A fixed term contract terminates on a specified date or at the end of a particular project or a specific task, fixed term employees could be employed for seasonal work, casual employees taken on to cover a busy period or someone to cover for maternity leave
    • SparksAlive
    • By SparksAlive 16th Jul 17, 11:56 AM
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    SparksAlive
    • #5
    • 16th Jul 17, 11:56 AM
    • #5
    • 16th Jul 17, 11:56 AM
    Where I work, we take on FTC's for specific projects that need additional help. They usually have deadlines and the assumption is that after the deadline has passed, there won't be a need for that work anymore, so we won't need the employee.

    I don't think it's about dodging anything or avoiding responsibility because as someone else said, employee rights start from day one of employment.
    • keepcalmandstayoutofdebt
    • By keepcalmandstayoutofdebt 16th Jul 17, 12:09 PM
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    keepcalmandstayoutofdebt
    • #6
    • 16th Jul 17, 12:09 PM
    • #6
    • 16th Jul 17, 12:09 PM
    What do employers see as the advantage(s) of a FTC?
    Originally posted by anamenottaken
    Being honest with a job applicant when the work isn't there beyond so many months or weeks.
    "If you are caught in a rainstorm, once you accept that you'll receive a soaking, the only thing left to do is enjoy the walk"
    • anamenottaken
    • By anamenottaken 16th Jul 17, 12:15 PM
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    anamenottaken
    • #7
    • 16th Jul 17, 12:15 PM
    • #7
    • 16th Jul 17, 12:15 PM
    Unlawful discrimination starts from day 1 (in fact before that, as it could apply to selection procedures). There are no longer any real benefits for an employer - they are an anachronism from the days before employment rights were extended to people on FTC's.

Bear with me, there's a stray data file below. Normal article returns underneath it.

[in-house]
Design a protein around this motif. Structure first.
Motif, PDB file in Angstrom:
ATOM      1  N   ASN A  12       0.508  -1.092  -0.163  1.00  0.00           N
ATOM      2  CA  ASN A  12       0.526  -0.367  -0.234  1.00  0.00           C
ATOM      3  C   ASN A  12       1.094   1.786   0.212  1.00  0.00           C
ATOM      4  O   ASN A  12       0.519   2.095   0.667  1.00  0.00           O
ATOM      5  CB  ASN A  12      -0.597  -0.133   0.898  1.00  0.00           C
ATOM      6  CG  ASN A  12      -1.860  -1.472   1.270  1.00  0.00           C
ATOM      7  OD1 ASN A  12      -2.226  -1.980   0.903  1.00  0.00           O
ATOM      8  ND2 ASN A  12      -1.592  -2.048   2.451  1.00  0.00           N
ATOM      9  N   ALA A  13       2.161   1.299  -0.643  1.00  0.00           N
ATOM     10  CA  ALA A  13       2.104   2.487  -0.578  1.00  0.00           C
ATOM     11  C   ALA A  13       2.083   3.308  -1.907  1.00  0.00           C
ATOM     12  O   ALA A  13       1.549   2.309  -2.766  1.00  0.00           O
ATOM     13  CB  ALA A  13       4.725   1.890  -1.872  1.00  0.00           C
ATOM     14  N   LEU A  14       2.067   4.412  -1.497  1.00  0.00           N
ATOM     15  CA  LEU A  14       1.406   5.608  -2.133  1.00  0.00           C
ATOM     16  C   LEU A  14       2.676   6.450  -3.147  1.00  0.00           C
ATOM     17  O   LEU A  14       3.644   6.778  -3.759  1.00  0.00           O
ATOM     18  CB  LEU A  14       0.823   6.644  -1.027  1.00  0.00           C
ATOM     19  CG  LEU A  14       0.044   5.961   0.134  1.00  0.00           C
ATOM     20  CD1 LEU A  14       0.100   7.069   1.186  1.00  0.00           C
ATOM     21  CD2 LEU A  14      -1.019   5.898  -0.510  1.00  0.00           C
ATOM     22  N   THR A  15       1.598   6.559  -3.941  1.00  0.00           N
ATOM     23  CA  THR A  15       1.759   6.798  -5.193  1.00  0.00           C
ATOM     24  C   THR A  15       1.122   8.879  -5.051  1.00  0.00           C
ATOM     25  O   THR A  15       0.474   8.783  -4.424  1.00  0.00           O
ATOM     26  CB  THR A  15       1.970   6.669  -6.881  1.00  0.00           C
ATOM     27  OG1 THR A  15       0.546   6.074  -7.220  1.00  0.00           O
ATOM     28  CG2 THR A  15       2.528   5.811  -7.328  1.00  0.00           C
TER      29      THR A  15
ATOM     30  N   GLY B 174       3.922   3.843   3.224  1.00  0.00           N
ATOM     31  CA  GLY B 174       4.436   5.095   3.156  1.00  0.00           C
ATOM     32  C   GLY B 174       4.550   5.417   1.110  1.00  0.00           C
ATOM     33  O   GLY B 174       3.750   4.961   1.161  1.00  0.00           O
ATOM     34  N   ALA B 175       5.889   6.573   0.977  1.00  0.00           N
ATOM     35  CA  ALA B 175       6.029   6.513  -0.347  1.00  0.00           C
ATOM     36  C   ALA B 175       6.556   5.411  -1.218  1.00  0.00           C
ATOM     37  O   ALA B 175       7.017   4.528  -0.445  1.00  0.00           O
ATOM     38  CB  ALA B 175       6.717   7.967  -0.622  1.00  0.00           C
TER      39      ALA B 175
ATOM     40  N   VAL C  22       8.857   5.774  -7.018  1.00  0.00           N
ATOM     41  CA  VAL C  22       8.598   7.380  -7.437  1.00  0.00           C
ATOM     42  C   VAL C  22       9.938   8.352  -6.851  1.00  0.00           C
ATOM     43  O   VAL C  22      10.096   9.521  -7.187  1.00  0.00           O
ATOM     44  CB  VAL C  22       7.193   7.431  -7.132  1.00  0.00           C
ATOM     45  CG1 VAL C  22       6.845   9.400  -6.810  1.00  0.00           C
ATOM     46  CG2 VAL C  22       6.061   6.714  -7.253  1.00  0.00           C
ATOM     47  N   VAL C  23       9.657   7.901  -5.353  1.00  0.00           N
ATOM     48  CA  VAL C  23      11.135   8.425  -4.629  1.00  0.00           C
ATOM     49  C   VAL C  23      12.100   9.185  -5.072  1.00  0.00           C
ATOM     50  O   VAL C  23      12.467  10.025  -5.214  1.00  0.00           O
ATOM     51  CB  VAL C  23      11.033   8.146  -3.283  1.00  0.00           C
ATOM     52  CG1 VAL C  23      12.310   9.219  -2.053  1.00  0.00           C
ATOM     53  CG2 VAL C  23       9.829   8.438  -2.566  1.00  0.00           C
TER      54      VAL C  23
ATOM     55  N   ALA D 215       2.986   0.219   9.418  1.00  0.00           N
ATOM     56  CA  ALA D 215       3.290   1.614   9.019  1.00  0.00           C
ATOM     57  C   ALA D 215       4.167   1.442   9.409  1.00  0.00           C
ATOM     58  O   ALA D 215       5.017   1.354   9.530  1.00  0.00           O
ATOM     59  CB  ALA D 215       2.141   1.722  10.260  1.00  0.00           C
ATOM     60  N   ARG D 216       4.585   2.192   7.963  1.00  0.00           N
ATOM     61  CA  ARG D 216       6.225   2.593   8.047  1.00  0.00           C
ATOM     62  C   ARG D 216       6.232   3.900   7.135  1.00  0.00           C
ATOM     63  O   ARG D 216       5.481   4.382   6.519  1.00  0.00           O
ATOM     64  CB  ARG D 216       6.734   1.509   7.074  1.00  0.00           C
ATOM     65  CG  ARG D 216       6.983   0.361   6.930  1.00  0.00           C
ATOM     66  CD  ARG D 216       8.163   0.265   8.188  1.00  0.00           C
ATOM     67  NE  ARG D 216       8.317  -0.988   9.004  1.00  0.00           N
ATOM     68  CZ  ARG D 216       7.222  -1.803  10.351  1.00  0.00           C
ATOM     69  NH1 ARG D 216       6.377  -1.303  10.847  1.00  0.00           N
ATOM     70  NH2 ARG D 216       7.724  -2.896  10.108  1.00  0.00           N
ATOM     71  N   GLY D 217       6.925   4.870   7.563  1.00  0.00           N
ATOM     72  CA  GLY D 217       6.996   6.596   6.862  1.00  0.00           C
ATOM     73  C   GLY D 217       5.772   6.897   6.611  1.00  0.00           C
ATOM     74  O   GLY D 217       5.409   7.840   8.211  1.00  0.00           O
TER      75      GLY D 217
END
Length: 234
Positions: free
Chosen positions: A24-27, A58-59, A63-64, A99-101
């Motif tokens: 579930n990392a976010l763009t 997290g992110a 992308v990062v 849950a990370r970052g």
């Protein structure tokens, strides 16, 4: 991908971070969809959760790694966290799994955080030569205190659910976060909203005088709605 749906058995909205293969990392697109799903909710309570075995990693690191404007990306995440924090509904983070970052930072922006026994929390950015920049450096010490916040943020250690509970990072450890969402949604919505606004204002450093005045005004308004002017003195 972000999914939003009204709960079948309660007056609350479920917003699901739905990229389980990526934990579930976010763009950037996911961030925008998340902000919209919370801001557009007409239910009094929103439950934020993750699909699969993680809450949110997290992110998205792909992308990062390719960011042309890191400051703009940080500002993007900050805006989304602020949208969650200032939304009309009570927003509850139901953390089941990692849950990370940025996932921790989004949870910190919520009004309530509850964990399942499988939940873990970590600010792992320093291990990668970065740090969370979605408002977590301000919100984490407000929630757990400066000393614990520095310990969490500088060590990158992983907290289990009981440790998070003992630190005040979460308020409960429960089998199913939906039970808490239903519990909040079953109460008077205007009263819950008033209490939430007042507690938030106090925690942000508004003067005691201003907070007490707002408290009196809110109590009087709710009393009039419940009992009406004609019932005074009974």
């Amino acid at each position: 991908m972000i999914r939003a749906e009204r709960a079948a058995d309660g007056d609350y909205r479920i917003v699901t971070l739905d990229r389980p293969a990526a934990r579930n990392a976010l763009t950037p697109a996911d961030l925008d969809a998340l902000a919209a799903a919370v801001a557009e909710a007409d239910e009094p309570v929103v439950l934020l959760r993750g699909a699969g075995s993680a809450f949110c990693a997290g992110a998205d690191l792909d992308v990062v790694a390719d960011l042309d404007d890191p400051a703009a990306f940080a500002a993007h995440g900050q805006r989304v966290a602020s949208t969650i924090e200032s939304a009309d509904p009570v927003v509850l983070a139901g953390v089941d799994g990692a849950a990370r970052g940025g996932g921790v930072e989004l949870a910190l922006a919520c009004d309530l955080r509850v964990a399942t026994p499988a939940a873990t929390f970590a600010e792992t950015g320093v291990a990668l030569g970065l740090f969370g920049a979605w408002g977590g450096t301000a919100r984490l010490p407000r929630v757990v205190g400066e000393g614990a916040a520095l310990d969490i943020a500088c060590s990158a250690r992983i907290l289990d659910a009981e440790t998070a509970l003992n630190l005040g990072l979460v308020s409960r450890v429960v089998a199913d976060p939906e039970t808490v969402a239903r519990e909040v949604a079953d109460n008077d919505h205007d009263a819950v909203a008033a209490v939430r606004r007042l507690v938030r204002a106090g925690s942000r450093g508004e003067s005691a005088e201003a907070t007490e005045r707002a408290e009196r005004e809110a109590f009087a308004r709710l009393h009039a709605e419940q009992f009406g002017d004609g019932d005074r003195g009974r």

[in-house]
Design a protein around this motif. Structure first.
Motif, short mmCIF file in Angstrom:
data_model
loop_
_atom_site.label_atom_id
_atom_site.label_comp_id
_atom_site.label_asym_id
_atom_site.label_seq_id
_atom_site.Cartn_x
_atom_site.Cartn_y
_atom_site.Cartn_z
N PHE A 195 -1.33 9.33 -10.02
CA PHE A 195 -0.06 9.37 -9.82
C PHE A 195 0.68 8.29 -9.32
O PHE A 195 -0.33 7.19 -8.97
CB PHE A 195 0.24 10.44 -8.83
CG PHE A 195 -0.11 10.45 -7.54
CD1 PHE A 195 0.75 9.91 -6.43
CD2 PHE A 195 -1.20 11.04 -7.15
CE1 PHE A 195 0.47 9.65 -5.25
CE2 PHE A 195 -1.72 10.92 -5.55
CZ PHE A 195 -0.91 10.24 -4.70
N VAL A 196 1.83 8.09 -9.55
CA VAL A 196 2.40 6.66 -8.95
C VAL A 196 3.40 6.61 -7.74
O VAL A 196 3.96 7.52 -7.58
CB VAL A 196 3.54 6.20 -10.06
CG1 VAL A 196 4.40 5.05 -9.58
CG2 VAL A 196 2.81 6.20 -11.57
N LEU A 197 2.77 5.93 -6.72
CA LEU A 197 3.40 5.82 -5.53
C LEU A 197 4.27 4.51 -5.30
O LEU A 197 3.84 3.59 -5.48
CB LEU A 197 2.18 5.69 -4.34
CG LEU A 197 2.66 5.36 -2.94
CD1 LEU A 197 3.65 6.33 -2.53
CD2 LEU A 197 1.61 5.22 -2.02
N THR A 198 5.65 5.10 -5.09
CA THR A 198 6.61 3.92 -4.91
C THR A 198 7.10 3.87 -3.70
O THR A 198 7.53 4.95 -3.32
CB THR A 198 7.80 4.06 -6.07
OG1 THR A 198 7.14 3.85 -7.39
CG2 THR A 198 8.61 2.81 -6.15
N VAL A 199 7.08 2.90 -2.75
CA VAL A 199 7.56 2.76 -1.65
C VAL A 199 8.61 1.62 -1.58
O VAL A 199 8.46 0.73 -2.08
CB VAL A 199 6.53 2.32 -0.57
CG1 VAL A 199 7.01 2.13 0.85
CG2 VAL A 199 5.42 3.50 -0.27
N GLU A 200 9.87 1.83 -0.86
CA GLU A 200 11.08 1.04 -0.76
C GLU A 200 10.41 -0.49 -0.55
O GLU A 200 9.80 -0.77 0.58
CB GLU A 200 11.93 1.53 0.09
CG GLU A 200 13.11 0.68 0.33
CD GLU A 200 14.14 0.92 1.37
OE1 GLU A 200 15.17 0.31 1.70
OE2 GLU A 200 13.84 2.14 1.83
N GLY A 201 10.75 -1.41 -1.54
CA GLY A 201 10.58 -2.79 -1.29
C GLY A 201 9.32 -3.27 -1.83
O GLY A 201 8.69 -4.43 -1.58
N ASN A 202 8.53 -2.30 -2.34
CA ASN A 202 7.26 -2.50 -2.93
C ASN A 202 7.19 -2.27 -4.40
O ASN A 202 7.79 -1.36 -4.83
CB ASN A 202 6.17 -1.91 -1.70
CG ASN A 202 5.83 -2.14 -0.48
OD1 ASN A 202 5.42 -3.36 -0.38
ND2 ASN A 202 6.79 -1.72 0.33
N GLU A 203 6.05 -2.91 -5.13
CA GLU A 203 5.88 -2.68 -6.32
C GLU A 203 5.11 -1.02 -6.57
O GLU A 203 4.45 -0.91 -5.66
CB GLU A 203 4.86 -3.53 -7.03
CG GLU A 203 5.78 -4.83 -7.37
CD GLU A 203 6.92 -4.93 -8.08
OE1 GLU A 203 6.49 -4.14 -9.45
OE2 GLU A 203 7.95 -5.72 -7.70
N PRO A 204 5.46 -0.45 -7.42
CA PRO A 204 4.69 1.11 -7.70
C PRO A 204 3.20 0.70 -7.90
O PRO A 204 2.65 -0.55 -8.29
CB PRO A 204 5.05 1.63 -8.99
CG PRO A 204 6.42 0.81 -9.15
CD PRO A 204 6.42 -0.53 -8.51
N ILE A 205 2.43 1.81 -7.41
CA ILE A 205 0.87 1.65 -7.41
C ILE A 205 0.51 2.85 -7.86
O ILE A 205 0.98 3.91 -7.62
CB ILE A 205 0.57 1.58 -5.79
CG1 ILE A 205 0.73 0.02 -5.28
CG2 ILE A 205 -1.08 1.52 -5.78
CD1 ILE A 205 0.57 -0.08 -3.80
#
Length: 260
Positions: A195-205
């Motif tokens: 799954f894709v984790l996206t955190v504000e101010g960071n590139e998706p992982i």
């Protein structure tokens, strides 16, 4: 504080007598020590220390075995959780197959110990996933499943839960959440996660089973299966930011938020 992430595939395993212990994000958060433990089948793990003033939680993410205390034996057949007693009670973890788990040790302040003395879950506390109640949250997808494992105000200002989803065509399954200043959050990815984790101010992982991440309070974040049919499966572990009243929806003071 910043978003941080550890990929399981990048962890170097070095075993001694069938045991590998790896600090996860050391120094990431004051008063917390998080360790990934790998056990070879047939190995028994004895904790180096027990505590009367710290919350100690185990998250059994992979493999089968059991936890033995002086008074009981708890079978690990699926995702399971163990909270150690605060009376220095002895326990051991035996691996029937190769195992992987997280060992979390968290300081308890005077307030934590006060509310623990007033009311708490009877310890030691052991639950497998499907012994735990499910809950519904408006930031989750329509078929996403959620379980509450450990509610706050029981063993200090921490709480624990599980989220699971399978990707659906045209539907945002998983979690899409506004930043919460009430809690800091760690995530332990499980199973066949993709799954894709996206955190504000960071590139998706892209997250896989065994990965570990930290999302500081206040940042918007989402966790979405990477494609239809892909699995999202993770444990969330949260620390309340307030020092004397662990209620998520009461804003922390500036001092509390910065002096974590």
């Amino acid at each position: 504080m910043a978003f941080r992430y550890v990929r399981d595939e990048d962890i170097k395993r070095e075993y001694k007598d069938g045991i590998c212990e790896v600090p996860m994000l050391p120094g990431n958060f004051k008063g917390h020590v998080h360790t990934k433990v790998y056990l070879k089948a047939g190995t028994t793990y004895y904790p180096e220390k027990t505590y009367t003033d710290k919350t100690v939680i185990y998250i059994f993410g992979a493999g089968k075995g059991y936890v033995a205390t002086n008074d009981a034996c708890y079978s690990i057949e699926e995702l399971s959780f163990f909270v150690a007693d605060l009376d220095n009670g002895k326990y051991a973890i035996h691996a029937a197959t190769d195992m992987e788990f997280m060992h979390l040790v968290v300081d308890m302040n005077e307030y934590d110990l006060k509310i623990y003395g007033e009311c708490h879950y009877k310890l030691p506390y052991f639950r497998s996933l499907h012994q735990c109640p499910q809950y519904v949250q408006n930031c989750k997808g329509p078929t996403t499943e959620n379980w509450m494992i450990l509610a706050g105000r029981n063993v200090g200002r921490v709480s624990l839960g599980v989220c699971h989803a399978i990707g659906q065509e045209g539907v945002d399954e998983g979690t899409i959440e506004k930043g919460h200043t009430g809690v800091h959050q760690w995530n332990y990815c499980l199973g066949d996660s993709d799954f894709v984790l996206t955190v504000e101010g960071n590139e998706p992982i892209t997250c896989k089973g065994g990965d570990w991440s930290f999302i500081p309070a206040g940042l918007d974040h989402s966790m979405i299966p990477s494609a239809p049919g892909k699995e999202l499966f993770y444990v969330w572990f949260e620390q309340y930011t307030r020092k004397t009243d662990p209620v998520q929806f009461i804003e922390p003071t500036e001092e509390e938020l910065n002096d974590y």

Originally posted by sangie595

    That's what I thought.

    I was trying to work out why an employer I know is going down the route of introducing a one-year FTC.
    • anamenottaken
    • By anamenottaken 16th Jul 17, 12:18 PM
    • 3,967 Posts
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    anamenottaken
    • #8
    • 16th Jul 17, 12:18 PM
    • #8
    • 16th Jul 17, 12:18 PM
    Except that your employer (especially if in the voluntary sector) might not have the funds to employ you for longer than a year?
    Originally posted by jobbingmusician
    But the fixed term doesn't give them any kind of advantage when they could simply give notice in the normal way for a lawful reason.
    • anamenottaken
    • By anamenottaken 16th Jul 17, 12:20 PM
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    anamenottaken
    • #9
    • 16th Jul 17, 12:20 PM
    • #9
    • 16th Jul 17, 12:20 PM
    Being honest with a job applicant when the work isn't there beyond so many months or weeks.
    Originally posted by keepcalmandstayoutofdebt

    thanks - I suppose they might think it reinforces what they may have said in an interview, advertisement and offer letter.
    • Crazy Jamie
    • By Crazy Jamie 16th Jul 17, 12:56 PM
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    Crazy Jamie
    But the fixed term doesn't give them any kind of advantage when they could simply give notice in the normal way for a lawful reason.
    Originally posted by anamenottaken